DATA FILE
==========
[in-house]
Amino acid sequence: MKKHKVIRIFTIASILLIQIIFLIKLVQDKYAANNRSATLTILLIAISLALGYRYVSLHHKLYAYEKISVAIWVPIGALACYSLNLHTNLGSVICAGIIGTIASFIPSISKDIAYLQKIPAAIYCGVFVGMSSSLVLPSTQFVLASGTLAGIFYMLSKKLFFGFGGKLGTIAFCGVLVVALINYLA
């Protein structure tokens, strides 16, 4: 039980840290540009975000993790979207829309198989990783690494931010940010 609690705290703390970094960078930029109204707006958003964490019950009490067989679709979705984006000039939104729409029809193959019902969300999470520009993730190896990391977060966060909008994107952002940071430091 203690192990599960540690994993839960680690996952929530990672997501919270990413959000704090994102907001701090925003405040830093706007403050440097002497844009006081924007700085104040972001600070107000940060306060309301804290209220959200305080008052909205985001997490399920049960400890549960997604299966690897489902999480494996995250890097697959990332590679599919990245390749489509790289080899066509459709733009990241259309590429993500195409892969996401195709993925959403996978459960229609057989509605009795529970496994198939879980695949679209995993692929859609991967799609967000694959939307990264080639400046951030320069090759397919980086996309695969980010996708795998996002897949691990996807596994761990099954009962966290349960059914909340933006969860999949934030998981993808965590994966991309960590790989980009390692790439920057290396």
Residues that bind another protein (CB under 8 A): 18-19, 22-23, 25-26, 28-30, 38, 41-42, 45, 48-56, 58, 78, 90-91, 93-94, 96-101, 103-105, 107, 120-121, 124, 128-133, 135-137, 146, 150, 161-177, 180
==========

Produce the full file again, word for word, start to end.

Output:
[in-house]
Amino acid sequence: MKKHKVIRIFTIASILLIQIIFLIKLVQDKYAANNRSATLTILLIAISLALGYRYVSLHHKLYAYEKISVAIWVPIGALACYSLNLHTNLGSVICAGIIGTIASFIPSISKDIAYLQKIPAAIYCGVFVGMSSSLVLPSTQFVLASGTLAGIFYMLSKKLFFGFGGKLGTIAFCGVLVVALINYLA
């Protein structure tokens, strides 16, 4: 039980840290540009975000993790979207829309198989990783690494931010940010 609690705290703390970094960078930029109204707006958003964490019950009490067989679709979705984006000039939104729409029809193959019902969300999470520009993730190896990391977060966060909008994107952002940071430091 203690192990599960540690994993839960680690996952929530990672997501919270990413959000704090994102907001701090925003405040830093706007403050440097002497844009006081924007700085104040972001600070107000940060306060309301804290209220959200305080008052909205985001997490399920049960400890549960997604299966690897489902999480494996995250890097697959990332590679599919990245390749489509790289080899066509459709733009990241259309590429993500195409892969996401195709993925959403996978459960229609057989509605009795529970496994198939879980695949679209995993692929859609991967799609967000694959939307990264080639400046951030320069090759397919980086996309695969980010996708795998996002897949691990996807596994761990099954009962966290349960059914909340933006969860999949934030998981993808965590994966991309960590790989980009390692790439920057290396």
Residues that bind another protein (CB under 8 A): 18-19, 22-23, 25-26, 28-30, 38, 41-42, 45, 48-56, 58, 78, 90-91, 93-94, 96-101, 103-105, 107, 120-121, 124, 128-133, 135-137, 146, 150, 161-177, 180